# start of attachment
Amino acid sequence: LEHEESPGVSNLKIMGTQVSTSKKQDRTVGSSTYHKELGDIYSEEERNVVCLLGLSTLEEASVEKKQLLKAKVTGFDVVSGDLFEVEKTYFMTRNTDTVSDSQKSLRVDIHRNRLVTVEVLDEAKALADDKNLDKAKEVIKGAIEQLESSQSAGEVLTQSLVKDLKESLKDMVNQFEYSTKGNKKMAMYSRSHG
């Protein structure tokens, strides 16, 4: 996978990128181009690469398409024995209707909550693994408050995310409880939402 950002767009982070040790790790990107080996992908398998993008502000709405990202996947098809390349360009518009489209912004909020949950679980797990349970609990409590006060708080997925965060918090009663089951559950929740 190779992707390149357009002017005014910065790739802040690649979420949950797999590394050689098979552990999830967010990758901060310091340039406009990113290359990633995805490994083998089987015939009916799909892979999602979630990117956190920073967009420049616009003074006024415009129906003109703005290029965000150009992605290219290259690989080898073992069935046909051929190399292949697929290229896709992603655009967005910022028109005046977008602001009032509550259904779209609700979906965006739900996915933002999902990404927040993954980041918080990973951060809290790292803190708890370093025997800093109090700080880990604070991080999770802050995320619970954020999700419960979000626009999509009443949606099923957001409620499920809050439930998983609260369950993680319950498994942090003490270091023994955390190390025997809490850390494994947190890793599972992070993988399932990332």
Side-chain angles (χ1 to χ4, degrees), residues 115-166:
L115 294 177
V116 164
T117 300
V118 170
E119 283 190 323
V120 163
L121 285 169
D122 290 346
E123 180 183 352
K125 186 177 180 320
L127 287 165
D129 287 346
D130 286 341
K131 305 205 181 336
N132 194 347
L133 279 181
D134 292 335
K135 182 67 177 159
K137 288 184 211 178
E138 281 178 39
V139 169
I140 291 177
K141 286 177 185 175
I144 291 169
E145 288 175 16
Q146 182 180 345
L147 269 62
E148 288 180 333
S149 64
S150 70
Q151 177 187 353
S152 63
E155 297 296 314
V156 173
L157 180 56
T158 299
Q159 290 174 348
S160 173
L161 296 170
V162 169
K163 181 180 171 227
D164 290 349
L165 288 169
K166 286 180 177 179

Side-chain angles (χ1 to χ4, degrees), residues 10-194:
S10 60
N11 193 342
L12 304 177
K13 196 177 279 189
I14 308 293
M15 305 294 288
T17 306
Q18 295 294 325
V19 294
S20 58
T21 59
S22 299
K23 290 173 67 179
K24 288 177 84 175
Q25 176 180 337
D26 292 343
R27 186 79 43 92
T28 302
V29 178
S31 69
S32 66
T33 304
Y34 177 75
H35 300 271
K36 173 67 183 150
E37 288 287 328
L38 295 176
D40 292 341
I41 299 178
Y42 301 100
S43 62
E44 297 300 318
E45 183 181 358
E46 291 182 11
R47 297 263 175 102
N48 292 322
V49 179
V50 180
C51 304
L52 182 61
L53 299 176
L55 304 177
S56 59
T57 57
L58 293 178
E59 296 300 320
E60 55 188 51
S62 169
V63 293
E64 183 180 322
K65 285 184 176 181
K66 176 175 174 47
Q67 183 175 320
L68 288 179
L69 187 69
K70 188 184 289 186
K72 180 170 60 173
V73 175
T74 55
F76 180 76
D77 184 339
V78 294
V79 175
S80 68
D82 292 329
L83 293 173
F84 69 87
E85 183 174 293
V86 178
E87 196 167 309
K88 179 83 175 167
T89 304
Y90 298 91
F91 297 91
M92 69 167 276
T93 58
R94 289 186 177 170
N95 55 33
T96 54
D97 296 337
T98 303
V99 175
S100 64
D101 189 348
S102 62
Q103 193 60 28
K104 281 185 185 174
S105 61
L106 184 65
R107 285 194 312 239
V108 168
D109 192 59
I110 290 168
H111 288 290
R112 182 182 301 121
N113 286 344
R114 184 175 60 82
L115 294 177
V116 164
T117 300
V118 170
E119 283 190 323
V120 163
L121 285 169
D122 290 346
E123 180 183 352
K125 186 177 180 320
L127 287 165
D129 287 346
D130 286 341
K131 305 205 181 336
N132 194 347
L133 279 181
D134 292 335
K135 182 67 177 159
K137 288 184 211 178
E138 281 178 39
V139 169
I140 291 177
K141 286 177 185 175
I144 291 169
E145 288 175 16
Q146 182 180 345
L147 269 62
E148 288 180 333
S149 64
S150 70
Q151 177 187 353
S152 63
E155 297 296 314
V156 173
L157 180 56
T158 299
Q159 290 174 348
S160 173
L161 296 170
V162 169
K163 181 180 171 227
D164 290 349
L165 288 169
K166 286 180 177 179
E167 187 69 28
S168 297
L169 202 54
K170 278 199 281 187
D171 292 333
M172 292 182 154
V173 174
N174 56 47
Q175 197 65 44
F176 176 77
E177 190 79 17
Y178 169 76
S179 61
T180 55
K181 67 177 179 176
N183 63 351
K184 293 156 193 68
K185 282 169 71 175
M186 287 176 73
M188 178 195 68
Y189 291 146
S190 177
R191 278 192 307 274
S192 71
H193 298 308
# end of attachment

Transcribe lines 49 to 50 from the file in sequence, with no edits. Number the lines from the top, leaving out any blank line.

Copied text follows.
S10 60
N11 193 342